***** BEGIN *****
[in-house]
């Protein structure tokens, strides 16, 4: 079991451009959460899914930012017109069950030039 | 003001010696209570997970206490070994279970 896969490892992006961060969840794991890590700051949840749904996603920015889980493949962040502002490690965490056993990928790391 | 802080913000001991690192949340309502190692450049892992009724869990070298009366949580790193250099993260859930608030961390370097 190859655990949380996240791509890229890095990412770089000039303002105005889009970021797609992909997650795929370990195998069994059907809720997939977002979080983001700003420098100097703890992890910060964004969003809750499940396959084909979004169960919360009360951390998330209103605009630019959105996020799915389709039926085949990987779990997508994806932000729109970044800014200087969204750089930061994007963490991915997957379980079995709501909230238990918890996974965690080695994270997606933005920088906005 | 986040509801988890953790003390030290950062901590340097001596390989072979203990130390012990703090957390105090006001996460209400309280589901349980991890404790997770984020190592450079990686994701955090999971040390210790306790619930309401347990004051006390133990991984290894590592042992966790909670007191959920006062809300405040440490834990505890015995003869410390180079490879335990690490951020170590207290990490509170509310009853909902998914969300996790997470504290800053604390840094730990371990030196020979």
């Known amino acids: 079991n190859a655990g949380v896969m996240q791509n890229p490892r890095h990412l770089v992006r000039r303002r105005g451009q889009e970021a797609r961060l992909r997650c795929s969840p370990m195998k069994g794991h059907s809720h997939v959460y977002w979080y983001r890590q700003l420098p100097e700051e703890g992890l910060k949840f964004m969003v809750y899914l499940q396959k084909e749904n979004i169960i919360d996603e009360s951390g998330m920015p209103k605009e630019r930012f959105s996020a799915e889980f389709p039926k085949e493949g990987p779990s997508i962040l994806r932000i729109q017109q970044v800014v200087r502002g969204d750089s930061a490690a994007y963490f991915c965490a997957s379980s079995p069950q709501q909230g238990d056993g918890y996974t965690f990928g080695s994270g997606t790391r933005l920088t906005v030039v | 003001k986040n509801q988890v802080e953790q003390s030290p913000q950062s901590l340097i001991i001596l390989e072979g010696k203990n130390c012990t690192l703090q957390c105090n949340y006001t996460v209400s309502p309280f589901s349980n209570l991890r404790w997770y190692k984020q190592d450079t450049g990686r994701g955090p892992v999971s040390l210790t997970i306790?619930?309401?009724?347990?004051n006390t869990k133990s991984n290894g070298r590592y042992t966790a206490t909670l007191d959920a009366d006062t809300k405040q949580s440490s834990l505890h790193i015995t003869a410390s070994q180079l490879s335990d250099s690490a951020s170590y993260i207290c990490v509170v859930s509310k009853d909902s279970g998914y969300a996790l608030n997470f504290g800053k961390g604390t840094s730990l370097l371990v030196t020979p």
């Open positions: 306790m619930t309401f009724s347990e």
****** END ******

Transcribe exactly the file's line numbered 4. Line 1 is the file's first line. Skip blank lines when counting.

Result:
């Open positions: 306790m619930t309401f009724s347990e």